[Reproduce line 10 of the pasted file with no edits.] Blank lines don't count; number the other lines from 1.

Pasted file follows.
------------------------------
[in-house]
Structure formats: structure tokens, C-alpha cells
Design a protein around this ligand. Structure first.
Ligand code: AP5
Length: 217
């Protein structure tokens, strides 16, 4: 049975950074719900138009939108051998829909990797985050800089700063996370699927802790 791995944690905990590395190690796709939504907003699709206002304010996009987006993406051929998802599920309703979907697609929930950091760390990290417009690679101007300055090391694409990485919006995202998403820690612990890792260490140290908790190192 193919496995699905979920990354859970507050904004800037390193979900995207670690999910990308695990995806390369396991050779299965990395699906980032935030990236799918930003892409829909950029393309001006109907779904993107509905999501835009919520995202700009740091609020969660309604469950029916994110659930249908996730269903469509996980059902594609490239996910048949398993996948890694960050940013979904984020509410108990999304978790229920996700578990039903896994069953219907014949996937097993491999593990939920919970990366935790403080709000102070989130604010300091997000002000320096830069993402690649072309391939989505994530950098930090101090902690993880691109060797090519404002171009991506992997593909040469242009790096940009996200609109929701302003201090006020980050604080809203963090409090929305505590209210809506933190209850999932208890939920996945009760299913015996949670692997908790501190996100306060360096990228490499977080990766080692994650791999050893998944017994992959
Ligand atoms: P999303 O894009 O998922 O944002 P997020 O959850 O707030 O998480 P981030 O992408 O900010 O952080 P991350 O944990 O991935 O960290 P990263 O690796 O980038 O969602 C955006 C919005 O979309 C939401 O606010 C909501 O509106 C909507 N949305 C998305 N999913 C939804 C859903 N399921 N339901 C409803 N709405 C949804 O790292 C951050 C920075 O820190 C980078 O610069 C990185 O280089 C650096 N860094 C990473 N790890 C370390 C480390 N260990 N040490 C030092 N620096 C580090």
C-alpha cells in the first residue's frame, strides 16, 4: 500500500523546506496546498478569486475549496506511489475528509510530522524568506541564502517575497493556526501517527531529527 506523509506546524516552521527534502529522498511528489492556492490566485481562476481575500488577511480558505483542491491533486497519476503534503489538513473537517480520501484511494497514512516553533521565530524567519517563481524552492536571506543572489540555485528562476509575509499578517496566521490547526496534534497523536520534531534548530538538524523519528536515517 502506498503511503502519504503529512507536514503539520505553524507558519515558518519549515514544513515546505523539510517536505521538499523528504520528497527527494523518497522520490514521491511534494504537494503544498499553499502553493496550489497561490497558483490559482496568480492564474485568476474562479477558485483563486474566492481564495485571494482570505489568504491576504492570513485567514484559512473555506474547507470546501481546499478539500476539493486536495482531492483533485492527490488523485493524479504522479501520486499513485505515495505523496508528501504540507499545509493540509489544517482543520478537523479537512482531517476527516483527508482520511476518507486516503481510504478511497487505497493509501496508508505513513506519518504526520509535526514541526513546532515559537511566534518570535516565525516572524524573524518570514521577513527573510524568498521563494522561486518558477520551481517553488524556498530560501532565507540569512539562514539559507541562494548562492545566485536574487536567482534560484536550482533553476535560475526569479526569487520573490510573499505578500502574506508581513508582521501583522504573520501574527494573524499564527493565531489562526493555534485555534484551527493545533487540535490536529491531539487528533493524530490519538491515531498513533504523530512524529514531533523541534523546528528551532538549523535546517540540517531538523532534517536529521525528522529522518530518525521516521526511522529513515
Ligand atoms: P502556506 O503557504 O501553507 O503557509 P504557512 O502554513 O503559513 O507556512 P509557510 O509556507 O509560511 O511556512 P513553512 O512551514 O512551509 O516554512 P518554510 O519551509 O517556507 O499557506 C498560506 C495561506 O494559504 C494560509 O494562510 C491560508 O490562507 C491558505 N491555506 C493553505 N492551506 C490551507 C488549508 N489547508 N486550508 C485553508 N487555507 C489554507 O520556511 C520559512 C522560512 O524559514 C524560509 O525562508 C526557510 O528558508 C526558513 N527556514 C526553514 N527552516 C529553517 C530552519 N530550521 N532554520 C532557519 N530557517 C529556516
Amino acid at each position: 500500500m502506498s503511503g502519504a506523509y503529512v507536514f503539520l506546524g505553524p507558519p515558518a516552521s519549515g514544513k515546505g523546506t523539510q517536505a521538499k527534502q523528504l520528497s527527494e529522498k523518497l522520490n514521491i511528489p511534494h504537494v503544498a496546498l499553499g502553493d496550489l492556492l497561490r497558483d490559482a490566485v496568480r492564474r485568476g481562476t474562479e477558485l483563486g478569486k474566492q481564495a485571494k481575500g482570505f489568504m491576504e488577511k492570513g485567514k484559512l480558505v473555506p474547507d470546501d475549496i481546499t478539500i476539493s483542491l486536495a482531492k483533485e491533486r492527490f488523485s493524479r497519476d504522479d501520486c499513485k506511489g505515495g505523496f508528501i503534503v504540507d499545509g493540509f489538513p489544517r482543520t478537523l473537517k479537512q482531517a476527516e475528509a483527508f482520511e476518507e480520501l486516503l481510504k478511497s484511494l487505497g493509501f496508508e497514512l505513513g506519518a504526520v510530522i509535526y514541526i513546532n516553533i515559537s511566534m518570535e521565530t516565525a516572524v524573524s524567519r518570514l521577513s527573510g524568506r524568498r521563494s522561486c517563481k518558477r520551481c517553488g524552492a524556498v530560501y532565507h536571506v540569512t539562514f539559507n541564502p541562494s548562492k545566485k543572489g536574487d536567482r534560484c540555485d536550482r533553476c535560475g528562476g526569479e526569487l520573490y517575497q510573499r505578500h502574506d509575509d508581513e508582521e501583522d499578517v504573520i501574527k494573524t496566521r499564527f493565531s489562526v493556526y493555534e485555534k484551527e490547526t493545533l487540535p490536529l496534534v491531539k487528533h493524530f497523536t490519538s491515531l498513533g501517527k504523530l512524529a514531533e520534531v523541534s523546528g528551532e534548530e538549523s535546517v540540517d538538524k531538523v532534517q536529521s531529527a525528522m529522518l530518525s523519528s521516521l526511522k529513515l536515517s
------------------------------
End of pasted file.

Amino acid at each position: 500500500m502506498s503511503g502519504a506523509y503529512v507536514f503539520l506546524g505553524p507558519p515558518a516552521s519549515g514544513k515546505g523546506t523539510q517536505a521538499k527534502q523528504l520528497s527527494e529522498k523518497l522520490n514521491i511528489p511534494h504537494v503544498a496546498l499553499g502553493d496550489l492556492l497561490r497558483d490559482a490566485v496568480r492564474r485568476g481562476t474562479e477558485l483563486g478569486k474566492q481564495a485571494k481575500g482570505f489568504m491576504e488577511k492570513g485567514k484559512l480558505v473555506p474547507d470546501d475549496i481546499t478539500i476539493s483542491l486536495a482531492k483533485e491533486r492527490f488523485s493524479r497519476d504522479d501520486c499513485k506511489g505515495g505523496f508528501i503534503v504540507d499545509g493540509f489538513p489544517r482543520t478537523l473537517k479537512q482531517a476527516e475528509a483527508f482520511e476518507e480520501l486516503l481510504k478511497s484511494l487505497g493509501f496508508e497514512l505513513g506519518a504526520v510530522i509535526y514541526i513546532n516553533i515559537s511566534m518570535e521565530t516565525a516572524v524573524s524567519r518570514l521577513s527573510g524568506r524568498r521563494s522561486c517563481k518558477r520551481c517553488g524552492a524556498v530560501y532565507h536571506v540569512t539562514f539559507n541564502p541562494s548562492k545566485k543572489g536574487d536567482r534560484c540555485d536550482r533553476c535560475g528562476g526569479e526569487l520573490y517575497q510573499r505578500h502574506d509575509d508581513e508582521e501583522d499578517v504573520i501574527k494573524t496566521r499564527f493565531s489562526v493556526y493555534e485555534k484551527e490547526t493545533l487540535p490536529l496534534v491531539k487528533h493524530f497523536t490519538s491515531l498513533g501517527k504523530l512524529a514531533e520534531v523541534s523546528g528551532e534548530e538549523s535546517v540540517d538538524k531538523v532534517q536529521s531529527a525528522m529522518l530518525s523519528s521516521l526511522k529513515l536515517s